Late last month, DPLA announced $850,000 in new funding from the Mellon Foundation to support our efforts to advance racial justice in American archives. This funding will enable DPLA to launch a Digital Equity Project to provide support for underrepresented, under-resourced archives and expand DPLA's capacity for supporting and partnering with diverse archival projects.
Today, I am pleased to share that we have partnered with an initial cohort of three organizations to form a Digital Equity Project Community of Practice: Charlotte Mecklenburg Library; Seattle Public Library; and DPLA's Recollection Wisconsin Hub / University of Wisconsin-Milwaukee Libraries. Each of these organizations will receive subgrant awards to pursue a project dedicated to digital capacity building. Representatives from each group will take part in our Digital Equity Project Community of Practice, which will work together to create a collaborative model for partnering with diverse archival projects and providing direct financial support for the development of people, projects, and new practices.
Digital Equity Project support will enable Charlotte Mecklenburg Library to grow its Living Archives Project, an initiative to document the impact of the Covid-19 pandemic on Black, Latinx, and Indigenous communities in Mecklenburg County. "Charlotte Mecklenburg Library is thrilled to partner again with DPLA on this important archival work, ensuring that no one's story of the COVID-19 pandemic is lost, misrepresented, or ignored."- Martha Yesowitch, Community Partnerships Manager, Charlotte Mecklenburg Library
The Recollection Wisconsin Hub and the University of Wisconsin-Milwaukee Libraries will fund a Milwaukee Women's Art Library community ambassador who will engage with Milwaukee's women's and non-binary art community to identify potential new contributors and break down barriers to access and participation. "We are grateful for the opportunity to nurture and strengthen this developing partnership to preserve and honor the work of women and non-binary artists in Milwaukee."-Emily Pfotenhauer, Digital Strategist and Grants Manager, WiLS (formally Wisconsin Library Services)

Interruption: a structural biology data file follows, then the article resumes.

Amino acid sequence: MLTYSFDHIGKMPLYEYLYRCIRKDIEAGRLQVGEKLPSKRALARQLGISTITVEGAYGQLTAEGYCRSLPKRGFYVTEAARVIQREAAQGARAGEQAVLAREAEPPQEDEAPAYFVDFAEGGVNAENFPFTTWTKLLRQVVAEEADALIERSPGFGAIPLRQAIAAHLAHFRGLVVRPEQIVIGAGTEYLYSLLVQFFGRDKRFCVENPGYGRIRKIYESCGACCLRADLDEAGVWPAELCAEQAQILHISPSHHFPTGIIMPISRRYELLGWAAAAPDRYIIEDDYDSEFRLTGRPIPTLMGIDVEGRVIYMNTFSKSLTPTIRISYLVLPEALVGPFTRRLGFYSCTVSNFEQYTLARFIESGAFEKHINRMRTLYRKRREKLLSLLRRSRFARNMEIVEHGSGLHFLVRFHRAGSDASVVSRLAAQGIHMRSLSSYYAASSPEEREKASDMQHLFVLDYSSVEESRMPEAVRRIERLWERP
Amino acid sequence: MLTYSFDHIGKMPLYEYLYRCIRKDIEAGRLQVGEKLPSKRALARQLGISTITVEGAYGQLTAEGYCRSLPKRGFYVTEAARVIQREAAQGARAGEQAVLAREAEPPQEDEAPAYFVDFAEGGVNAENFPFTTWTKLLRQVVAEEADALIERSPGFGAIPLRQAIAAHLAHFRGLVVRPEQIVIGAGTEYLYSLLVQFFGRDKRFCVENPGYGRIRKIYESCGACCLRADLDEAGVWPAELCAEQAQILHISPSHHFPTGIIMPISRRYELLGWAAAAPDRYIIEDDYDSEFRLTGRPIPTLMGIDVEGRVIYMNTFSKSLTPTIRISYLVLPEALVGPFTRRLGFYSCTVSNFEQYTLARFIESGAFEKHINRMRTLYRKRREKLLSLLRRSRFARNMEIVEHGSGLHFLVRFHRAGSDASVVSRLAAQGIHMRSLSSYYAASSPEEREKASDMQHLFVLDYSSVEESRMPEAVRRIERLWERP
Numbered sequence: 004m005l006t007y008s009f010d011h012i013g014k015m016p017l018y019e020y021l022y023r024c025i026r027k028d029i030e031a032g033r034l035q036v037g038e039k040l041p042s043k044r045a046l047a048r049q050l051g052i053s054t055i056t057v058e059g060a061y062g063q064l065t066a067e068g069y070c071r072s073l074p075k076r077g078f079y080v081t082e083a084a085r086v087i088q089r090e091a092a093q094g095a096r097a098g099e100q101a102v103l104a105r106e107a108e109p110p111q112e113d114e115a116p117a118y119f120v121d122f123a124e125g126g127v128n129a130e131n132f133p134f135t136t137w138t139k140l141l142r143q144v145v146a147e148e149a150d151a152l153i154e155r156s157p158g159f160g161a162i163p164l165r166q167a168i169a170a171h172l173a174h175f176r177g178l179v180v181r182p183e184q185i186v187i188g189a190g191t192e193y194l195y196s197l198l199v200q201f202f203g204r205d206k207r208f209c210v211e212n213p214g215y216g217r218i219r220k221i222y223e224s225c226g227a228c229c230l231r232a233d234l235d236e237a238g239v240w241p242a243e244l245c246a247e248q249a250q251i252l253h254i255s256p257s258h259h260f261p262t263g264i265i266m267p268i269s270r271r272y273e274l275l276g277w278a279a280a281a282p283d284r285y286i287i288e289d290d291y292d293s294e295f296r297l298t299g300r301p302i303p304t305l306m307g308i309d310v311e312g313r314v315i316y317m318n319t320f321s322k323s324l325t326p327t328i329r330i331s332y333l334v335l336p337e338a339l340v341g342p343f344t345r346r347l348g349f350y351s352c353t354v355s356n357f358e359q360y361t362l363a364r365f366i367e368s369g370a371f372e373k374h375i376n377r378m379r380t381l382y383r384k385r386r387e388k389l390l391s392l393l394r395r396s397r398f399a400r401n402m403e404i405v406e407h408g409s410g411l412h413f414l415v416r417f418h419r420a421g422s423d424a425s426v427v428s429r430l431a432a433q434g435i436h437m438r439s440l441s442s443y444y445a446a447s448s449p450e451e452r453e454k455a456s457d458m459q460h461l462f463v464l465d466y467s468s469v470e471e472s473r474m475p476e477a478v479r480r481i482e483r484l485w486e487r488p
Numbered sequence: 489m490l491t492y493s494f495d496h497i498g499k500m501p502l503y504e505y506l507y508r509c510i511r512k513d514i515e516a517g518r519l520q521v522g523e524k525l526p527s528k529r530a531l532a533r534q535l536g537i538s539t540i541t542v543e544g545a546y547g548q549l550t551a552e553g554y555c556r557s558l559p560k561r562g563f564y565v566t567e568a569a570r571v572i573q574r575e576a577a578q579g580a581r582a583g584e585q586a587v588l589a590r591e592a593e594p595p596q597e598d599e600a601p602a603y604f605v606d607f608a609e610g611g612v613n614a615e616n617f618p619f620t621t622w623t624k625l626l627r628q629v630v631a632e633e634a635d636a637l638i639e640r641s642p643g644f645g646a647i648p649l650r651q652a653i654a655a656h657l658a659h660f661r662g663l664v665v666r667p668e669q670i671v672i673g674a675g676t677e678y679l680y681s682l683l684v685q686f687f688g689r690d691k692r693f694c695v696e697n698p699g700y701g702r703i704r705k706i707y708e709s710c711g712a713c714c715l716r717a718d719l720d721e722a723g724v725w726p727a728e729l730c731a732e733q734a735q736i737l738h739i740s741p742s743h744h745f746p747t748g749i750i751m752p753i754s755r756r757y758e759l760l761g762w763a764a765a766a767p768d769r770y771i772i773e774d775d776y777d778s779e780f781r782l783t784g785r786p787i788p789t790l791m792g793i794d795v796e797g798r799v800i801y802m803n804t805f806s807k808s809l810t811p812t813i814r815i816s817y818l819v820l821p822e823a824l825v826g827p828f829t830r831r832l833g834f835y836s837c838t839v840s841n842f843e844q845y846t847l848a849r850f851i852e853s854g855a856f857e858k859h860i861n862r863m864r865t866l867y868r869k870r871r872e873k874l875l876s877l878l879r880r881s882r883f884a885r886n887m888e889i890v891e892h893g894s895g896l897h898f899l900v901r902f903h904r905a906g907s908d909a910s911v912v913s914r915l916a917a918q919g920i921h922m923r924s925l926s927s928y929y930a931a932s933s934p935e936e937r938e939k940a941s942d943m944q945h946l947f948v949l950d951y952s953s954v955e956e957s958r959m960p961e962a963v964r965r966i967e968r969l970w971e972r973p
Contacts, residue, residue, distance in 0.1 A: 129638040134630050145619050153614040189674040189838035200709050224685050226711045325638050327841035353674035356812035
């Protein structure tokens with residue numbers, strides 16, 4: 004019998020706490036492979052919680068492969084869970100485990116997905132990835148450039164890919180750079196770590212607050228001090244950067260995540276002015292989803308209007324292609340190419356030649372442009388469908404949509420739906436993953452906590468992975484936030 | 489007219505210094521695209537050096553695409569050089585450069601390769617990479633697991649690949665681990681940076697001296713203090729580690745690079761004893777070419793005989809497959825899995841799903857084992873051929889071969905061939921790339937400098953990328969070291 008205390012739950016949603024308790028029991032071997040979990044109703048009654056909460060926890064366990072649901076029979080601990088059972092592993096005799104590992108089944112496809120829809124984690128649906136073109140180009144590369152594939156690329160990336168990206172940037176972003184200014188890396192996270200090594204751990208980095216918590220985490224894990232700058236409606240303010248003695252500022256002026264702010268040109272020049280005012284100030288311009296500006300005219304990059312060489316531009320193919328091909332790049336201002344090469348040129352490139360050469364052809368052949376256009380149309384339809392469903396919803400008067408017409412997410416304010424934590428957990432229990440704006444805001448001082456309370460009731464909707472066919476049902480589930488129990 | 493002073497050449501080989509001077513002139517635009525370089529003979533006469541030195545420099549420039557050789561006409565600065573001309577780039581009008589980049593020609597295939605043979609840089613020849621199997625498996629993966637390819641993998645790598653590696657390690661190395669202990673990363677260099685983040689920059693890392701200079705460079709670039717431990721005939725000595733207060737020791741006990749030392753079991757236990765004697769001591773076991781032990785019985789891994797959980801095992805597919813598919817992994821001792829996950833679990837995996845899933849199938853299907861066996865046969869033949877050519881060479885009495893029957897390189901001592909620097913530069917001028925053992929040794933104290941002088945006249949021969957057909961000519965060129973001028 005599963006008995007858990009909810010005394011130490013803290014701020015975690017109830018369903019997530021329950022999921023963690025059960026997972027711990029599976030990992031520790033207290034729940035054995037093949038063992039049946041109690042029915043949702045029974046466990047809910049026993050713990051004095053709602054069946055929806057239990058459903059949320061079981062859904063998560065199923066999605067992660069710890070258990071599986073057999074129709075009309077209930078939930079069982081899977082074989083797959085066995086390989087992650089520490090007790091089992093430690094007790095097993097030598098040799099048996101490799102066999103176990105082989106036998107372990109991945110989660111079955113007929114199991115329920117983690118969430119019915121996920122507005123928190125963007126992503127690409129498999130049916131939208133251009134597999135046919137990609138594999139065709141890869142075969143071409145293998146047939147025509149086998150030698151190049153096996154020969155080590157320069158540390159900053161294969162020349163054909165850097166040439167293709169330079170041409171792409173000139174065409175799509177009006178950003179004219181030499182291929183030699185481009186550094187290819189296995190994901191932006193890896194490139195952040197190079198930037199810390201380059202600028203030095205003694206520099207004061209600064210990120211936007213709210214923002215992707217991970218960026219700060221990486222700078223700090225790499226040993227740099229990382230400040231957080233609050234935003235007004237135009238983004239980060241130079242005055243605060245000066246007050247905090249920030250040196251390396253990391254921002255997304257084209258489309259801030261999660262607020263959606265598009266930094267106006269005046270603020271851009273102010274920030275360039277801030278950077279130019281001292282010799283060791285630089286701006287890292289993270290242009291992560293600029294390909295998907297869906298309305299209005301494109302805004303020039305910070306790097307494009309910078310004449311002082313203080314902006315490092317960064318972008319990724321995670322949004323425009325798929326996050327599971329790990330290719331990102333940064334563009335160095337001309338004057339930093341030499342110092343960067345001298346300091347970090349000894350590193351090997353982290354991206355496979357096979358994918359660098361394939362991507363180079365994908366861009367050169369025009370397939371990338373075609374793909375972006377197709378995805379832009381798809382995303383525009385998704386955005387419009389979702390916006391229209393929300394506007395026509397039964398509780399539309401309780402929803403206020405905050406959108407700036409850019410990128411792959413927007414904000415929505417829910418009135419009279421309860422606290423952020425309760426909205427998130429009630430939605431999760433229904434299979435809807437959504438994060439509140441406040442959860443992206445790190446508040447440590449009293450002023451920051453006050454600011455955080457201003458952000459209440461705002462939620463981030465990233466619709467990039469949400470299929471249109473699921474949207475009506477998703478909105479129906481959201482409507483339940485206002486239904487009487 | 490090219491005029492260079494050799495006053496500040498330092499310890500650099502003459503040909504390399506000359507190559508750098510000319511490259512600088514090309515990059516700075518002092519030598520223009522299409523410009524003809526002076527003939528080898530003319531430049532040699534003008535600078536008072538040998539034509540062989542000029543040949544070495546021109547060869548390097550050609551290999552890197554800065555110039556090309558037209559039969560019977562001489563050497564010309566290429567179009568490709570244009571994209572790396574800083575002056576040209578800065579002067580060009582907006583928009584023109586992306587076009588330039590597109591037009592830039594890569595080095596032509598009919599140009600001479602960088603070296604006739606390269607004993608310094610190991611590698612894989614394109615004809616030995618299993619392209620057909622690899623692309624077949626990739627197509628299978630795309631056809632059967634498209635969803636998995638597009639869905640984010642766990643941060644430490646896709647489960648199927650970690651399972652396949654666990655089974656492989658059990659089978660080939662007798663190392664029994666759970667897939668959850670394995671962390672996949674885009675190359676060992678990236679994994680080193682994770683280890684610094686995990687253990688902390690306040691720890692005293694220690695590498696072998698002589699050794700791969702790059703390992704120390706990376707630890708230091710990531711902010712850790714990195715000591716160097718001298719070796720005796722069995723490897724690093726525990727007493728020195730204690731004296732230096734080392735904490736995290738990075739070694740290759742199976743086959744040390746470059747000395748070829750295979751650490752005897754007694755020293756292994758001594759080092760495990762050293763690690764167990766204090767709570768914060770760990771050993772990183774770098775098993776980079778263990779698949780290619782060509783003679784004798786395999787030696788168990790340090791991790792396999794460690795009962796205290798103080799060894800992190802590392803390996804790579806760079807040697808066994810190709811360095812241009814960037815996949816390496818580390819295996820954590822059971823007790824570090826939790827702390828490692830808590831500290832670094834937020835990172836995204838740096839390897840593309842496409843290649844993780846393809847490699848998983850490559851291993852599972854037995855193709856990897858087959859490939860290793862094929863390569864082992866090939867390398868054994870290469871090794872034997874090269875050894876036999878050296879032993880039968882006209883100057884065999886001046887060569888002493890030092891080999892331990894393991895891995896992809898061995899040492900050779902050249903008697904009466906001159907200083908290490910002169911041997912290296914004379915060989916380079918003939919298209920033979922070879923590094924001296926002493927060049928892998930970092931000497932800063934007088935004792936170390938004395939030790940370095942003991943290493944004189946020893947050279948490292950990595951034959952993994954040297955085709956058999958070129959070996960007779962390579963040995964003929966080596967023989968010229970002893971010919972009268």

The Seattle Public Library will build on an existing relationship with Wa Na Wari to support the continuation and further development of their Seattle Black Spatial Histories Institute, which trains community members in the techniques and best practices of oral history and Black memory work. Project goals include increasing representation of Black experiences in Seattle's cultural and historical record; supporting ongoing community history work conducted by a Black-led organization; making Black oral history publicly accessible in ways that are ethical and accountable to the community. "The Seattle Black Spatial Histories Institute is one way, among many, that Wa Na Wari seeks to build collective power towards a future of Black ownership and belonging by rooting our work in a legacy of Black resilience, creativity, and self-determination. Training community members in the techniques and best practices of Black memory work is an important step towards shifting power around whose stories are told, how they're told, and what place those stories hold in the shaping of Black futures. Wa Na Wari is thrilled to further this work through our collaboration with SPL."-Wa Na Wari
You can find a complete description of each organization's individual project and timeline following this note.
To find out more about the Digital Equity Project and hear directly from our initial set of partners about their projects, as well as learn more about opportunities for your organization to get involved with this work, I encourage you to join us next Tuesday, July 19, at 1 pm ET for our Digital Equity Project information session. Please register here.